Landscape Ecology

, Volume 22, Issue 6, pp 867–881 | Cite as

Modeling scale-dependent landscape pattern, dispersal, and connectivity from the perspective of the organism

  • Steven Walters
Research Article


Understanding the impacts of habitat fragmentation on dispersal is an important issue in landscape and conservation ecology. Here I examine the effects of fine- to broad-scale patterns in landscape structure on dispersal success of organisms with differing life-history traits. An individual-based model was used to simulate dispersal of amphibian-like species whose movements were driven by land cover and moisture conditions. To systematically control spatial pattern, a landscape model was created by merging simulated land cover maps with synthetic topographic surfaces. Landscapes varied in topographic roughness and spatial contagion in agriculture and urban land cover. Simulations included three different species types that varied in their maximum potential dispersal distances by 1-, 2-, or 4-fold. Two sets of simulations addressed effects of varying aspects of landscape structure on dispersal success. In the first set of simulations, which incorporated variable distances between breeding patches, dispersal success was lowest for all species types when anthropogenic cover was patchily distributed. In the second set, with interpatch distances held constant as landscape composition varied, dispersal success decreased as anthropogenic cover became spatially contagious. Both sets revealed strong main effects of species characteristics, interpatch distances and landscape composition on dispersal success; furthermore, scale-dependent patterns in land cover and moisture gradients had a stronger effect on longer- than shorter-ranging species types. Taken together, these simulations suggest that heuristic conservation strategies could potentially be developed based on important but limited life history information.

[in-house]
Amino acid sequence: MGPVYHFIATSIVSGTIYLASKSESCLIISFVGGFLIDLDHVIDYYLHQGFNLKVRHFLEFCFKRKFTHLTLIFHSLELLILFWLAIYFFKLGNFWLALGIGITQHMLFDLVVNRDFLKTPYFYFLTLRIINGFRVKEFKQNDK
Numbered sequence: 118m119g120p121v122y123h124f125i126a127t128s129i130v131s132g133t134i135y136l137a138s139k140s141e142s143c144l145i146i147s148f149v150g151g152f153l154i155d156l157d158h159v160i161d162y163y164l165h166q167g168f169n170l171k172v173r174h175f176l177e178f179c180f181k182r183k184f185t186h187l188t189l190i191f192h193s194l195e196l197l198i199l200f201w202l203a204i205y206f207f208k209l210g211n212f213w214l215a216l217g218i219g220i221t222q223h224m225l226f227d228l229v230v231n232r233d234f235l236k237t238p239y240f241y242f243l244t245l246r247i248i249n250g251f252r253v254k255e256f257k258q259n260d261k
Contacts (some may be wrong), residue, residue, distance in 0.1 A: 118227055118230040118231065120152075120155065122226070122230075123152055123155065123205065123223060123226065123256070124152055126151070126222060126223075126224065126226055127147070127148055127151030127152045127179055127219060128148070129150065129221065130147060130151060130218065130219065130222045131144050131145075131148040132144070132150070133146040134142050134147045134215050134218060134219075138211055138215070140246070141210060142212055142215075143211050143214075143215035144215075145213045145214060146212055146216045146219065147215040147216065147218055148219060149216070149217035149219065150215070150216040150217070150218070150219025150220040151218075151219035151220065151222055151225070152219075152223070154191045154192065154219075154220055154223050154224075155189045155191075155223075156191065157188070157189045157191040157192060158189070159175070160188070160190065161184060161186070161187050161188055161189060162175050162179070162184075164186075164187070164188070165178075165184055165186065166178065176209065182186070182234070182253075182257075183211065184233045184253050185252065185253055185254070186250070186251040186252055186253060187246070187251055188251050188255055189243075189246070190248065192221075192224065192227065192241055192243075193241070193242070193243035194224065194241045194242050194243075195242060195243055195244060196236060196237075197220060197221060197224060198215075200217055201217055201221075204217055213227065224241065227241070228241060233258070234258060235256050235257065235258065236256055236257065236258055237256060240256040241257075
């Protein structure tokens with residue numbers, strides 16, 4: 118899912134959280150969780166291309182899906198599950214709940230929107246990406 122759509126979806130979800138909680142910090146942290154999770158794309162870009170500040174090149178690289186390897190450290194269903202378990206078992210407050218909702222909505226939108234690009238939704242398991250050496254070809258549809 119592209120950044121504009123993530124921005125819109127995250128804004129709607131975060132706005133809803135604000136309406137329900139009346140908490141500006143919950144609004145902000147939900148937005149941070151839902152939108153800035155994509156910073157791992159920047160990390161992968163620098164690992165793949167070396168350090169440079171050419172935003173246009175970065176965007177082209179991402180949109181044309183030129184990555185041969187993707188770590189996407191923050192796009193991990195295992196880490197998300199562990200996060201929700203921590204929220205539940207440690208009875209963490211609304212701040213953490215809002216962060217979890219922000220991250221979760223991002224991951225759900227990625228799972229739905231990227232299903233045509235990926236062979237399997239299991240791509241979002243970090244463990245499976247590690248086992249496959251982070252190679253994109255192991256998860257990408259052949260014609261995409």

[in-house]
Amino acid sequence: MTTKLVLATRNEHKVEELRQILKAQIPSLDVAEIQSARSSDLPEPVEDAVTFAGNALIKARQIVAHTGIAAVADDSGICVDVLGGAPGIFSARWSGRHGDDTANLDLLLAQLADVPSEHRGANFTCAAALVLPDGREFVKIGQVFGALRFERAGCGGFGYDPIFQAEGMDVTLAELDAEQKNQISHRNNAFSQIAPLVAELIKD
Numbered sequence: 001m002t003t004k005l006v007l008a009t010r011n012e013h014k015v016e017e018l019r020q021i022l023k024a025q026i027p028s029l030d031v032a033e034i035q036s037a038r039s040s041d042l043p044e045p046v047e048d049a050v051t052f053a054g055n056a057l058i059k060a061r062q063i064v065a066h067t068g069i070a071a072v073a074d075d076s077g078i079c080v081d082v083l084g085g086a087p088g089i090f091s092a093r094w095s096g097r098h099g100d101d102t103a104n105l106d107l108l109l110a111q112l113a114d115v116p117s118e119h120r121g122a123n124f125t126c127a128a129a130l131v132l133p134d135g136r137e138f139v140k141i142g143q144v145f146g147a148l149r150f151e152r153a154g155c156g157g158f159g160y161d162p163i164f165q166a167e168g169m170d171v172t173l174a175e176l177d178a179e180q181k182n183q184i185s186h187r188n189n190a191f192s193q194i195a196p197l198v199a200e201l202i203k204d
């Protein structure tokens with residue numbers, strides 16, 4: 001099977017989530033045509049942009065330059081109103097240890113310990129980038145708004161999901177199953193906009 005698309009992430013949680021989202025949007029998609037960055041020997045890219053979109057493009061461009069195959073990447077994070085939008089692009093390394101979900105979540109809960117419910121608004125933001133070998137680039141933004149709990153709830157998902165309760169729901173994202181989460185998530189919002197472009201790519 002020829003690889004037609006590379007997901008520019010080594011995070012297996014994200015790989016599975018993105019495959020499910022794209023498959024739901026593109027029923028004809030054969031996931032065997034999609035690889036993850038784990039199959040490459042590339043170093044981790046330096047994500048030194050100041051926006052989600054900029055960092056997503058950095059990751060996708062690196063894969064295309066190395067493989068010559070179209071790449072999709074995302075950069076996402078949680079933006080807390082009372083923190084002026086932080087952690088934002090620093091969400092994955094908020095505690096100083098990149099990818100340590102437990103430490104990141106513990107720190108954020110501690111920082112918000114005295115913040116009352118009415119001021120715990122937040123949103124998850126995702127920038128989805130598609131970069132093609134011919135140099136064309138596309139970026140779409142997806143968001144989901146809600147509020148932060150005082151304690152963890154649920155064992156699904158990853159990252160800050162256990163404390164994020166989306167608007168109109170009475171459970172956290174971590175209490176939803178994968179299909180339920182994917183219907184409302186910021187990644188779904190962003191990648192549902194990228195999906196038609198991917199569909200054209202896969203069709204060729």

Landscape fragmentation Metapopulation persistence Life history × landscape pattern interactions Matrix structure Landscape context effects Individual-based models 



I want to thank Robert Gardner, Philip Townsend, Steven Seagle, J. Edward Gates and Robert Costanza for providing invaluable guidance in conducting the present study. This research was partially funded by a fellowship from the National Network for Environmental Management Studies (NNEMS) Program, US Environmental Protection Agency (US EPA). Critical reviews by Jason Grear, Diane Nacci, Matthew Nicholson, and two anonymous reviewers proved most valuable in revising the manuscript. Although the research has been partly funded by the US EPA, it has not been subjected to Agency-level review, and therefore does not necessarily reflect the views of the Agency. Mention of commercial products does not constitute endorsement or recommendation for use. This is NHEERL contribution number AED-06-007.


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Copyright information

© Springer Science+Business Media, Inc. 2007

Authors and Affiliations

  1. 1.Atlantic Ecology DivisionNational Health and Environmental Effects Research Laboratory, Office of Research and Development, US Environmental Protection AgencyNarragansettUSA
  2. 2.Department of Urban Design and PlanningUniversity of WashingtonSeattleUSA

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